Dollar Rallies to 3-Week High on Fed Rate-Increase Speculation

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Strong Dollar Bad for U.S. Earnings: Adam Parker

The dollar rose to a three-week high versus the euro on speculation Federal Reserve policy makers may undertake the first interest-rate increase since 2006 this year.

The greenback extended gains as Treasury yields rose, adding to the premium investors receive compared with government debt issued in Europe and Japan. The currency climbed versus most of its major peers with the U.S. central bank outlook contrasting with stimulus in Europe and continuing negotiations between Greece and its creditors.

“The dollar correction of the last couple of weeks is starting to run its course,” said Mike Moran, head of macro research for the Americas at Standard Chartered Plc, said by telephone from New York. “We’re moving back to a rate-differential story.”

The dollar strengthened 1.1 percent to $1.0659 per euro, rising for a fourth day in the longest streak in more than a month, as of 5 p.m. New York time. The greenback reached the strongest level since March 19.

The Bloomberg Dollar Spot Index, which tracks the U.S. currency against 10 major peers, added 0.8 percent to 1,202.33.

Rate Difference

The greenback advance 0.4 percent at 120.58 yen as Treasury yields rose after demand declined at the U.S. sale of $13 billion in 30-year bonds. Bonds from the world’s largest economy yield more than similar-maturity debt in 16 other developed nations, according to data compiled by Bloomberg.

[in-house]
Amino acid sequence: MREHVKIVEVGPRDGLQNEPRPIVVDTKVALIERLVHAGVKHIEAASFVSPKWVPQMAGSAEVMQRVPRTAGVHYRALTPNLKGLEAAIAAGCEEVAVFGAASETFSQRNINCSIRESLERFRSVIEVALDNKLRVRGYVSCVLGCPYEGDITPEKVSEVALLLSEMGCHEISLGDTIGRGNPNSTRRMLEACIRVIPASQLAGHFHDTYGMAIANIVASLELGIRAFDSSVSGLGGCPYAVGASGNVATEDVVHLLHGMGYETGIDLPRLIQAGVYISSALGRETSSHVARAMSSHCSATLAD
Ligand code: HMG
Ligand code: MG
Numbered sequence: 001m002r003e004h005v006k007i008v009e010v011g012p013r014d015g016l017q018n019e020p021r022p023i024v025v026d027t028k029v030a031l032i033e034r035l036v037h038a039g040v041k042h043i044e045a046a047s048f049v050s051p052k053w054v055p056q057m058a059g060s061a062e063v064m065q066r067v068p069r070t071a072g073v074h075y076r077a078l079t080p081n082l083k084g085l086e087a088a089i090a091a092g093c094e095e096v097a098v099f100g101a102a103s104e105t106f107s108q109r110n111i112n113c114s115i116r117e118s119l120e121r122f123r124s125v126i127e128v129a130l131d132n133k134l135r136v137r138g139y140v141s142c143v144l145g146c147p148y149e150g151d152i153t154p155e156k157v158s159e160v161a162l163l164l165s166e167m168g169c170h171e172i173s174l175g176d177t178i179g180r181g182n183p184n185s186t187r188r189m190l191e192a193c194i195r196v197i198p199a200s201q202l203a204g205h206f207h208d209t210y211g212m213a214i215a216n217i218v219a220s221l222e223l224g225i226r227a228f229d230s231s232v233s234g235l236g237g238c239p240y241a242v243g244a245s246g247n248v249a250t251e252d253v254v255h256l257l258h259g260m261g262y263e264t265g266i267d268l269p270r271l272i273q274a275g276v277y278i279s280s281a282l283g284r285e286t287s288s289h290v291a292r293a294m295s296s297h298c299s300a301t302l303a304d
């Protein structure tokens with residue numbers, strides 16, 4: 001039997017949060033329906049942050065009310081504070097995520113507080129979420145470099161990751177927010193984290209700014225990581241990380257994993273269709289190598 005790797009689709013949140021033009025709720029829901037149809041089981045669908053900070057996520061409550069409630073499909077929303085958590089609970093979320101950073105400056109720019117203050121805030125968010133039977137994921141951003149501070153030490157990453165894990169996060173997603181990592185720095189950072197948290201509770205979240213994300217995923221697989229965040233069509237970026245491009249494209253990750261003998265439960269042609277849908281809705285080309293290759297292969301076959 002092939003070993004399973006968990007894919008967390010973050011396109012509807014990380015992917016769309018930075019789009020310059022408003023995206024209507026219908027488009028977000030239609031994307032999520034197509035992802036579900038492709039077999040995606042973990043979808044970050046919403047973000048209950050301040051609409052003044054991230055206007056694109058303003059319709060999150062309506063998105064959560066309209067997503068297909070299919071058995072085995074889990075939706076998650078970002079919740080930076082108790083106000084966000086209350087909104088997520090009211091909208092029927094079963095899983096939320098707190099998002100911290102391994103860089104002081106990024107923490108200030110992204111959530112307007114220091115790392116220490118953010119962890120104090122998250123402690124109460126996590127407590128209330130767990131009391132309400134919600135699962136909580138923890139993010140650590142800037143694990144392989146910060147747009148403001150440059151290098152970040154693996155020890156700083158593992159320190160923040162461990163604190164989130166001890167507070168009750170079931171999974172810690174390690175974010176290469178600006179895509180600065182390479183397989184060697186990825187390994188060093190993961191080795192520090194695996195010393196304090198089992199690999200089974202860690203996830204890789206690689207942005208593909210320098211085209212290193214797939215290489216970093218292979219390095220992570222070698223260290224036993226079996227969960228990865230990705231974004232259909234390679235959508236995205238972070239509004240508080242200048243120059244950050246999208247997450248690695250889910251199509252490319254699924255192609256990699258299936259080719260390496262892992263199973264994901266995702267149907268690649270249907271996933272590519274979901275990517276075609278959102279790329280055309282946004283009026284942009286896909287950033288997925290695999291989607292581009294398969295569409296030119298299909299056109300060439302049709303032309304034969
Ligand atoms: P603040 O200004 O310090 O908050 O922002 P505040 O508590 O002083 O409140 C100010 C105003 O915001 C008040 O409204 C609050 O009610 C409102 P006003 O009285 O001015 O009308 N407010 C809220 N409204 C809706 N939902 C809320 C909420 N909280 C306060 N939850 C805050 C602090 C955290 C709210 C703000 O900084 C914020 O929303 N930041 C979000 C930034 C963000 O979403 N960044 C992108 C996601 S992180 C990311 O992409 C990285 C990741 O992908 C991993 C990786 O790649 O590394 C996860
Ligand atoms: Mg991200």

While several Fed officials pushed to raise benchmark rates in June, others argued for later this year and a couple favored holding until 2016.

“The minutes that we saw yesterday were surprisingly hawkish,” said Omer Esiner, chief market analyst at the currency brokerage Commonwealth Foreign Exchange Inc. in Washington. U.S. economic and monetary-policy divergence from Europe and Japan “continues to be the main driver here. That’s why we believe that the longer term trend in the dollar will remain positive.”

The euro has slumped 7.3 percent this year, the worst performer among a basket of 10 developed-nation currencies, according to Bloomberg Correlation-Weighted Indexes. The U.S. currency has gained 6.7 percent, the second-best performer after the Swiss franc.

“The policy-divergence story between the Fed and its peers remains a reason to buy the dollar at this point,” said Jeremy Stretch, head of currency strategy at Canadian Imperial Bank of Commerce in London.

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